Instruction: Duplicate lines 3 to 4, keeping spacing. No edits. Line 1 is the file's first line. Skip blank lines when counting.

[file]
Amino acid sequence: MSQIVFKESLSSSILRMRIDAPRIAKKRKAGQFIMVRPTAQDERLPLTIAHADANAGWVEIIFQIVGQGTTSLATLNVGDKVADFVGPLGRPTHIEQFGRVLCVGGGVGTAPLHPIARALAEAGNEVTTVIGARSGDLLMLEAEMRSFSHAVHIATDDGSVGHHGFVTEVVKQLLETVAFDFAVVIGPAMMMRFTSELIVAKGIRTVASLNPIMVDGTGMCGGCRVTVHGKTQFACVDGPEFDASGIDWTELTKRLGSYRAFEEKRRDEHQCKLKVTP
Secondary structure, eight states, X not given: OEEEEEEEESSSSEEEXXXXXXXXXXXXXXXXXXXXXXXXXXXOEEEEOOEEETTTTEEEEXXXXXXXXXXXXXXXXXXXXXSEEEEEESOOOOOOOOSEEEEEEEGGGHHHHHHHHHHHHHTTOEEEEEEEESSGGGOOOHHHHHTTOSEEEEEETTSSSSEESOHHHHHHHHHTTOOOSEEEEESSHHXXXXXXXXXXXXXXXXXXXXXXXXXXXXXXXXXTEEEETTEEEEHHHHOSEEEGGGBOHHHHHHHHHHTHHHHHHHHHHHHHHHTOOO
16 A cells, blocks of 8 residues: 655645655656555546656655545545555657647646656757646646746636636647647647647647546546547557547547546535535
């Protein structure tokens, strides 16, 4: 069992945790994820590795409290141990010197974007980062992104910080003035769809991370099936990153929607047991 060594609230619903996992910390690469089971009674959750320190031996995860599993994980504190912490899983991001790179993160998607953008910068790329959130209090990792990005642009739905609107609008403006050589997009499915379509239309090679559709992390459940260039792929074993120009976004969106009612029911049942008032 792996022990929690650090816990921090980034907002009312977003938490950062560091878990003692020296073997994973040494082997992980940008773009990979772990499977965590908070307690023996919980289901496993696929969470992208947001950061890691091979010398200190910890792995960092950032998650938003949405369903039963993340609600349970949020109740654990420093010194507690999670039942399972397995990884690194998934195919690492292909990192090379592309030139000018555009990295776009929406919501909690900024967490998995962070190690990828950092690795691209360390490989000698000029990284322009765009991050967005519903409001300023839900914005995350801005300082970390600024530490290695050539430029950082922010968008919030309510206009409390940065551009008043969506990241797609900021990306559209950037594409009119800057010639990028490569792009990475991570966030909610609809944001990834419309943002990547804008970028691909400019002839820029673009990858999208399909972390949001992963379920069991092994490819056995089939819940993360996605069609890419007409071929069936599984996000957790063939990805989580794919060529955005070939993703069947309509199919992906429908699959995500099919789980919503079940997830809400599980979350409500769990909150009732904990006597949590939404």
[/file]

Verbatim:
16 A cells, blocks of 8 residues: 655645655656555546656655545545555657647646656757646646746636636647647647647647546546547557547547546535535
């Protein structure tokens, strides 16, 4: 069992945790994820590795409290141990010197974007980062992104910080003035769809991370099936990153929607047991 060594609230619903996992910390690469089971009674959750320190031996995860599993994980504190912490899983991001790179993160998607953008910068790329959130209090990792990005642009739905609107609008403006050589997009499915379509239309090679559709992390459940260039792929074993120009976004969106009612029911049942008032 792996022990929690650090816990921090980034907002009312977003938490950062560091878990003692020296073997994973040494082997992980940008773009990979772990499977965590908070307690023996919980289901496993696929969470992208947001950061890691091979010398200190910890792995960092950032998650938003949405369903039963993340609600349970949020109740654990420093010194507690999670039942399972397995990884690194998934195919690492292909990192090379592309030139000018555009990295776009929406919501909690900024967490998995962070190690990828950092690795691209360390490989000698000029990284322009765009991050967005519903409001300023839900914005995350801005300082970390600024530490290695050539430029950082922010968008919030309510206009409390940065551009008043969506990241797609900021990306559209950037594409009119800057010639990028490569792009990475991570966030909610609809944001990834419309943002990547804008970028691909400019002839820029673009990858999208399909972390949001992963379920069991092994490819056995089939819940993360996605069609890419007409071929069936599984996000957790063939990805989580794919060529955005070939993703069947309509199919992906429908699959995500099919789980919503079940997830809400599980979350409500769990909150009732904990006597949590939404």